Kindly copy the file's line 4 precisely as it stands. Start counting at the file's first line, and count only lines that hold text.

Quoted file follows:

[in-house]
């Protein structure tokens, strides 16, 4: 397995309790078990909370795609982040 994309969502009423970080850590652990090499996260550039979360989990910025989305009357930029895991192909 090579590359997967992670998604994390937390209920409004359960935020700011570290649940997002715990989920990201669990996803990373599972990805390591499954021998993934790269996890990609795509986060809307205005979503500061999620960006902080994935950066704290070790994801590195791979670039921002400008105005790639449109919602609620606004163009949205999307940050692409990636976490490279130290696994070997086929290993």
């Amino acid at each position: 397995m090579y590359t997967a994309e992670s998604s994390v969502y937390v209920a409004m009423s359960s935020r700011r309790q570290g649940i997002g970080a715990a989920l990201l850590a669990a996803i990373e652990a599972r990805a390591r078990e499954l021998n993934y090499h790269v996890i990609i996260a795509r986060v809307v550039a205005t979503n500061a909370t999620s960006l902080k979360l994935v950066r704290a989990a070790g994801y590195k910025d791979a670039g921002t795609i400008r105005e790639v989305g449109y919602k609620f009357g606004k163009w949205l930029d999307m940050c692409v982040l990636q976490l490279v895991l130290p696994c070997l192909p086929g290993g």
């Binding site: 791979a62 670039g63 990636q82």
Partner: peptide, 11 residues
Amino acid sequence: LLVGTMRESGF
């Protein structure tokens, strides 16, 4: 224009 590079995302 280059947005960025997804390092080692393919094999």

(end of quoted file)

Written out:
């Binding site: 791979a62 670039g63 990636q82």